It was a typical Friday evening for one Mr. Roger Sullivan, whom entertained himself by reading the daily news while his lovely wife Lesley washed dishes in the kitchen. Their pretty and clever seventeen-year-old daughter Barbara was doing her homework upstairs, or so the teenager had claimed earlier.
Life was good.
"Honey, I'm in the mood for a game of chess later. What do you say?" Roger asked as he reached the sports section of the newspaper and Lesley moved on to wiping the bench clean.
"Why, Roger, I'd love to..." Lesley replied with a radiant smile before putting down the dishcloth and removing her gloves.
She ran over and knelt down to give her husband a kiss on the cheek. He blushed and beamed, enjoying the affection until Barbara came back downstairs, looking quite charming in a new blue dress.
"Daddy..." She spoke up while simpering sweetly and twirling her blonde hair with one finger. "It's eight o'clock. You know what that means..."
"I don't know, kitten. Could you remind me?"
"I have a date with Stephen Donovan. We're going to see Oklahoma!"
"That Stephen?!" Roger responded in alarm. "Oh no, kitten!"
"What's wrong, Daddy?" Barbara asked as she nervously began to chew on her nails. "He's a dreamboat and I love him."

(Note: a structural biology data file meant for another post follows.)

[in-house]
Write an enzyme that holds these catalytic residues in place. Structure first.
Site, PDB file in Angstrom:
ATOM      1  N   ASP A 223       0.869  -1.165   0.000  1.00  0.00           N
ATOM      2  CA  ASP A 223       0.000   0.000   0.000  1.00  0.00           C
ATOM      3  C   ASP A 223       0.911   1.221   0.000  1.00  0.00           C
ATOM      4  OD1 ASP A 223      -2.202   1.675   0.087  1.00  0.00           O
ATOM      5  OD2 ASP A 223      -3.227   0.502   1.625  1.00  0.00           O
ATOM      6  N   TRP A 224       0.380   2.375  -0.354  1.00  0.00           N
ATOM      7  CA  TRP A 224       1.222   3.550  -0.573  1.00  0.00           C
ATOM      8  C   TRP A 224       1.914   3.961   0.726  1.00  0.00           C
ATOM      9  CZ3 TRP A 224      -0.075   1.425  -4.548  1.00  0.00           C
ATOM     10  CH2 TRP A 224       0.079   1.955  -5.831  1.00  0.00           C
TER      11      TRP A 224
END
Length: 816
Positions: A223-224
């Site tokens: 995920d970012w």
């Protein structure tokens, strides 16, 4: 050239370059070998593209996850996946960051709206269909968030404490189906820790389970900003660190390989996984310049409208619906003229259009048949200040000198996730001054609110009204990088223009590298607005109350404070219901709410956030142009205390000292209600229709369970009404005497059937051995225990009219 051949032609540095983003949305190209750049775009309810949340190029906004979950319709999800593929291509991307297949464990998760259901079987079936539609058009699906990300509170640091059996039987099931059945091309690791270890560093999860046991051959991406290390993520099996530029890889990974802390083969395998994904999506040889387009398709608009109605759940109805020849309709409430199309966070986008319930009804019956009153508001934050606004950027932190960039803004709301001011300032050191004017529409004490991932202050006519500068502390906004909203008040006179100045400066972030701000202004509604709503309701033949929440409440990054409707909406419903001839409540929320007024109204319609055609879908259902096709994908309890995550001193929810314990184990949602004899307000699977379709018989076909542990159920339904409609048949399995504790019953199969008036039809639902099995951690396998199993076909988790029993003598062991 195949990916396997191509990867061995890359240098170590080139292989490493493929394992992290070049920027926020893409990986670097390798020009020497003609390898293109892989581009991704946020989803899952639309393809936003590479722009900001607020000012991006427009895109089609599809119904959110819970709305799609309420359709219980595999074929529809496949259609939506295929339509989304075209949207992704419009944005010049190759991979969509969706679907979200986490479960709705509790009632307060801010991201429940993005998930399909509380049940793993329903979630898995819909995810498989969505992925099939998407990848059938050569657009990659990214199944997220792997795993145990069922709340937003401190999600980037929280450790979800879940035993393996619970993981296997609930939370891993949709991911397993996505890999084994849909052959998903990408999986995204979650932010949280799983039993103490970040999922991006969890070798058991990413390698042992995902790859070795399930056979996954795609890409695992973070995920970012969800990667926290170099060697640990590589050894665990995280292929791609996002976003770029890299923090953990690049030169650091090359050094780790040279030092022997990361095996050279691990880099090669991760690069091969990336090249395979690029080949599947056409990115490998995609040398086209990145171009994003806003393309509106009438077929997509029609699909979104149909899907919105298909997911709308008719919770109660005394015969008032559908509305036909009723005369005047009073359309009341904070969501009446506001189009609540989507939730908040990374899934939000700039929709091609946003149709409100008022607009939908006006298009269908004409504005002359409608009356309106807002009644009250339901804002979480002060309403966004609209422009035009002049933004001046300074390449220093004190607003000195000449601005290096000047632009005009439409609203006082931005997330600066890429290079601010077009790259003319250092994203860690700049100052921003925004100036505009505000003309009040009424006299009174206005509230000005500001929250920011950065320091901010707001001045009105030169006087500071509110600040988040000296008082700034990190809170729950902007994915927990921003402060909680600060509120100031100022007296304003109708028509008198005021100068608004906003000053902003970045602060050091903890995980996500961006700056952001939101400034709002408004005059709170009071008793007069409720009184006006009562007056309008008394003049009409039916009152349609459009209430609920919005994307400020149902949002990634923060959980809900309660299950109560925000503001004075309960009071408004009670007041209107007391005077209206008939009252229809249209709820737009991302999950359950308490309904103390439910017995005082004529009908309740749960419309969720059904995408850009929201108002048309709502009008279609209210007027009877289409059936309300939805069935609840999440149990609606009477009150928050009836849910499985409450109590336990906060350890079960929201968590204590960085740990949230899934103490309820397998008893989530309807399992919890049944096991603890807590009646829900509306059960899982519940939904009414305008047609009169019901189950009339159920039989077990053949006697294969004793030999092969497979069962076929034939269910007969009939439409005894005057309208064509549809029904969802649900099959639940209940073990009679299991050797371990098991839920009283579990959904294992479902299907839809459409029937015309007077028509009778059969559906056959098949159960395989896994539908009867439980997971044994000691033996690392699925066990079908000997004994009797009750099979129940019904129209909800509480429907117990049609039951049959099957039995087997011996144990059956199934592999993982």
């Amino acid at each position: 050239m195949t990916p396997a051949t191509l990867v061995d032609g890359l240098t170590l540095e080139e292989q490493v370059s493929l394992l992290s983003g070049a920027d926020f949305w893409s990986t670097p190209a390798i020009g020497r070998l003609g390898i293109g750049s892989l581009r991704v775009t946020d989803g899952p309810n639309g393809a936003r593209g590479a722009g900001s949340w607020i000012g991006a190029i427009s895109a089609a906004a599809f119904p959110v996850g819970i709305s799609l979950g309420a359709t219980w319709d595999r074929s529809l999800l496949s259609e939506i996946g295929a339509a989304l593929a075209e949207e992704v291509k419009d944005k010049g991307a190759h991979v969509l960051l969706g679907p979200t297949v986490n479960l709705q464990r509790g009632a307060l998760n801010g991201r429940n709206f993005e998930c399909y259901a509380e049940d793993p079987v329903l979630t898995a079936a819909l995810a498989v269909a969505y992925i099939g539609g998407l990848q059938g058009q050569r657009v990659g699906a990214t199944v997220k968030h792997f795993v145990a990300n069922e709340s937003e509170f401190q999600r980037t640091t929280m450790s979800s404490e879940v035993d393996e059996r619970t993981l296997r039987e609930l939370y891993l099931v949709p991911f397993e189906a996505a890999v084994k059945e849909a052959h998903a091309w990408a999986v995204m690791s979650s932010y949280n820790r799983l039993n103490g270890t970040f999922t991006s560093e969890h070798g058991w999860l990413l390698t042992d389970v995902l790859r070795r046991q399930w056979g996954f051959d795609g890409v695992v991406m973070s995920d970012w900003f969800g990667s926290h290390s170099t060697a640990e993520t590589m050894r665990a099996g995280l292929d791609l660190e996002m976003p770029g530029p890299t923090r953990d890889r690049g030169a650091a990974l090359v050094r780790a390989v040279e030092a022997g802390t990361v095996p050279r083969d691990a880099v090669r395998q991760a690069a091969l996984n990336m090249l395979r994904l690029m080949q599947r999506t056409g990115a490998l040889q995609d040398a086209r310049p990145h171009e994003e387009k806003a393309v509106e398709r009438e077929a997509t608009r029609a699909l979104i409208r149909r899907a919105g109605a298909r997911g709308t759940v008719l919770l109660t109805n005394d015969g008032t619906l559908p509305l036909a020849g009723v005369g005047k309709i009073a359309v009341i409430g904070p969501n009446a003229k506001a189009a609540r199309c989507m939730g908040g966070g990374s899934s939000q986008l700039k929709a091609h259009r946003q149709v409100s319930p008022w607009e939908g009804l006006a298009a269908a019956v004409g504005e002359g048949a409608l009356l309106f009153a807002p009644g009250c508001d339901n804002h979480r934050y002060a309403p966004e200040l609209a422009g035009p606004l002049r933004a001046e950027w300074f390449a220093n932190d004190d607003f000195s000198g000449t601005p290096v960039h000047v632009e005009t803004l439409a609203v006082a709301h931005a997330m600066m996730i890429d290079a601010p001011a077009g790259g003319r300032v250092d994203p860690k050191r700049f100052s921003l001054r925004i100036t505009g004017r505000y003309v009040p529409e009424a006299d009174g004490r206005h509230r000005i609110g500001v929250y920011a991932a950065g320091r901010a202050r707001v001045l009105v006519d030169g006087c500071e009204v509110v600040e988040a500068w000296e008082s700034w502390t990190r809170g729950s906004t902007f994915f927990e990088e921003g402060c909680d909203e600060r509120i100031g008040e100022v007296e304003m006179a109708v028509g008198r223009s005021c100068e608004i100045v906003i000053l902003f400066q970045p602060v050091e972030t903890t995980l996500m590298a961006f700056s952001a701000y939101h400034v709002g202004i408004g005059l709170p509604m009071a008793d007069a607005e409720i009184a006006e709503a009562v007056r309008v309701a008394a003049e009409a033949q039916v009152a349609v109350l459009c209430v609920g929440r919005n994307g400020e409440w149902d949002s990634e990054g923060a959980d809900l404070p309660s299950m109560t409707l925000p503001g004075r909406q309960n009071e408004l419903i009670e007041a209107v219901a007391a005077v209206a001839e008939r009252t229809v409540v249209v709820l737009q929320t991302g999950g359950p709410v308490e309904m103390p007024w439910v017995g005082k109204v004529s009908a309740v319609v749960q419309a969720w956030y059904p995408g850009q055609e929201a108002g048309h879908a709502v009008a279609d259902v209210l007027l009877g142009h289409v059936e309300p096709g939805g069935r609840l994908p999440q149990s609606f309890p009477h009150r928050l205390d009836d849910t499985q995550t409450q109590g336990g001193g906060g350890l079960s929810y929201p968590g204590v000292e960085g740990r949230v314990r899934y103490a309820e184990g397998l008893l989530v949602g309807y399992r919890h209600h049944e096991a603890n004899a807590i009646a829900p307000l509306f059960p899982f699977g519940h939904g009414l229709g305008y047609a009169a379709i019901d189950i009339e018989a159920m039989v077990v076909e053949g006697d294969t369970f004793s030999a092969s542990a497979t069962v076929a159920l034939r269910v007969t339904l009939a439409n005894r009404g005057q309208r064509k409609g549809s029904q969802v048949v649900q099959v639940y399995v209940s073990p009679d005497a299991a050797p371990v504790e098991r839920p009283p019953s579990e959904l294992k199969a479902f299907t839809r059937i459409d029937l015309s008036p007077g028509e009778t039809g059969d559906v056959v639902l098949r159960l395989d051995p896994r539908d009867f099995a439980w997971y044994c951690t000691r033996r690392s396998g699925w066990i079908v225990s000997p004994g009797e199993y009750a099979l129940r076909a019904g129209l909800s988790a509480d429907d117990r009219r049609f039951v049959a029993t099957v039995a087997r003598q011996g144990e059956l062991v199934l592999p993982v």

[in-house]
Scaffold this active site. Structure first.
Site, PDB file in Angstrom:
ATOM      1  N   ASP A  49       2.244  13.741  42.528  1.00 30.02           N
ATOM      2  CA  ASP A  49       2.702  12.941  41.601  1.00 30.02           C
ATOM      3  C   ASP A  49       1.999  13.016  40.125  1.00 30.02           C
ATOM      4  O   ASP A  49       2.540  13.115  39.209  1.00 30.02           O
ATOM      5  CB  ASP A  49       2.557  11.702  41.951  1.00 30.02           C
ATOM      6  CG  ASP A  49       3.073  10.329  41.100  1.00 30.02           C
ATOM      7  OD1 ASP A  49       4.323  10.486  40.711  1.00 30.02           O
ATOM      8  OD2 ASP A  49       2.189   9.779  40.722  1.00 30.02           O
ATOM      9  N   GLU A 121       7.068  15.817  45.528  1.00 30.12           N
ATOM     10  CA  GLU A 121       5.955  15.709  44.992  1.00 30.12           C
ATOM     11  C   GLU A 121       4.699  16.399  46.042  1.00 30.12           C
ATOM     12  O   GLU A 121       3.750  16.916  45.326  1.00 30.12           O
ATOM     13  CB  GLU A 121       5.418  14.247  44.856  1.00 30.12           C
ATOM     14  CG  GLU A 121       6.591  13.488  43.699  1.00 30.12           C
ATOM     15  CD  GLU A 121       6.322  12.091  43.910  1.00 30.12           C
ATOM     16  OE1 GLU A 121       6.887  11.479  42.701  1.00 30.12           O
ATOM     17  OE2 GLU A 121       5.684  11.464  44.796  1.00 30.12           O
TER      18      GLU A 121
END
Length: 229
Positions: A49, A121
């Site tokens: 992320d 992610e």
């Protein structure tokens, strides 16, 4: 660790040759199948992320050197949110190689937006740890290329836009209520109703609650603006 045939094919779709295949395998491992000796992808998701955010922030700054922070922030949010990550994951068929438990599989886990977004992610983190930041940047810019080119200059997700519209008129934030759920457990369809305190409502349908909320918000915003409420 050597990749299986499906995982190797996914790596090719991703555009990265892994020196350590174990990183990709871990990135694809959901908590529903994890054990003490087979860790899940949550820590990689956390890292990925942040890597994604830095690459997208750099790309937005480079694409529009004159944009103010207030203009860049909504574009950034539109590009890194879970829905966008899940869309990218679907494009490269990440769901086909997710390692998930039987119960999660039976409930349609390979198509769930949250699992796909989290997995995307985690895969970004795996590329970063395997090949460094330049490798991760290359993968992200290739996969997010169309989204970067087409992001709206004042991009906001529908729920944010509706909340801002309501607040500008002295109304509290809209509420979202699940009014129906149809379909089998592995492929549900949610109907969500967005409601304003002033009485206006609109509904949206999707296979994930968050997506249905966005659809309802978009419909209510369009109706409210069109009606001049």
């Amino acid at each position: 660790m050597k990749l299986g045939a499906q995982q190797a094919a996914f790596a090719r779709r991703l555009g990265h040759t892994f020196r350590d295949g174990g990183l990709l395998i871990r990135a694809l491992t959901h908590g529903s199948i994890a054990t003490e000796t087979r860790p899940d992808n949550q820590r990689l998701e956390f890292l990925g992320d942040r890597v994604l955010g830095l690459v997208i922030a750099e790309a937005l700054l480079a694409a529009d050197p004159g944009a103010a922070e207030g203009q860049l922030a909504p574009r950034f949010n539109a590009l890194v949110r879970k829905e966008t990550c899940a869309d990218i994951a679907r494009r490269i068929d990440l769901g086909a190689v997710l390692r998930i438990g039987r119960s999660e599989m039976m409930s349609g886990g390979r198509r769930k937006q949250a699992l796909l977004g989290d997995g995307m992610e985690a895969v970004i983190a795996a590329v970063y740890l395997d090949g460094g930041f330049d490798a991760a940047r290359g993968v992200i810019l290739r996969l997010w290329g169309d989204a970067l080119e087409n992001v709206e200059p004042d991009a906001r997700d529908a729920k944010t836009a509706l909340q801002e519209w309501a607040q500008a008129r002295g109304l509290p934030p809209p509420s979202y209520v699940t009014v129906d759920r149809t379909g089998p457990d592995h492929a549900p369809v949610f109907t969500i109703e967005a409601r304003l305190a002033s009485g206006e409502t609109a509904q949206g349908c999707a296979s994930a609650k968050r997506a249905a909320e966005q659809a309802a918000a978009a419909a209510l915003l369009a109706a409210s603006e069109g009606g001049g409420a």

"You don't understand the half of it. He runs with a dangerous crowd and a boy like him is only going to end up in a bad place. Tell me, do you want that sort of trouble in your life?"
"I guess you're right, Daddy. I don't know what I even saw in him..."
"That's my girl. Now go back upstairs and keep studying."
"Sure will, Daddy!"
"Goddamn it..." Roger thought in deep dismay when he woke up to find that instead of the perfect wife in his dream, the person lying beside him was a woman with disheveled hair and dry lips whose best years were far behind her.
Of course, as a forty-three-year-old business executive, he was no spring chicken either. Nor was he some tough paragon of masculinity like Burt Reynolds or Steve McQueen. He was just another tedious white-collar worker trapped by routine until old age forced him to retire.
Despite knowing that prospects weren't much better for his wife Lesley, he still envied her for being able to do something that she was at least a little passionate about.
"Lesley..." He said softly while forcing himself to sit up and hearing his bones creak. "Are you awake?"
She opened her eyes just wide enough to gaze up at him.
"I'm heading downstairs to get ready. Take care of yourself and have a good time at work..."
She didn't reply and simply rolled over to get a little more rest. He sighed before stepping slowly out of bed to face another day and hoping that the time would pass quickly.
He considered knocking on his daughter Barbara's door after finishing in the bathroom, but decided against it when he thought about how the teenager was already hard enough on herself without a parent to monitor things.
"Heredity is a strange thing..." He thought while approaching the stairs. "She's got my nose and lips, Lesley's eyes, but my father's-"
Roger stopped by the framed photo of his father Irving that hung on the wall. He reached out to touch the glass and couldn't believe that the old man was gone already.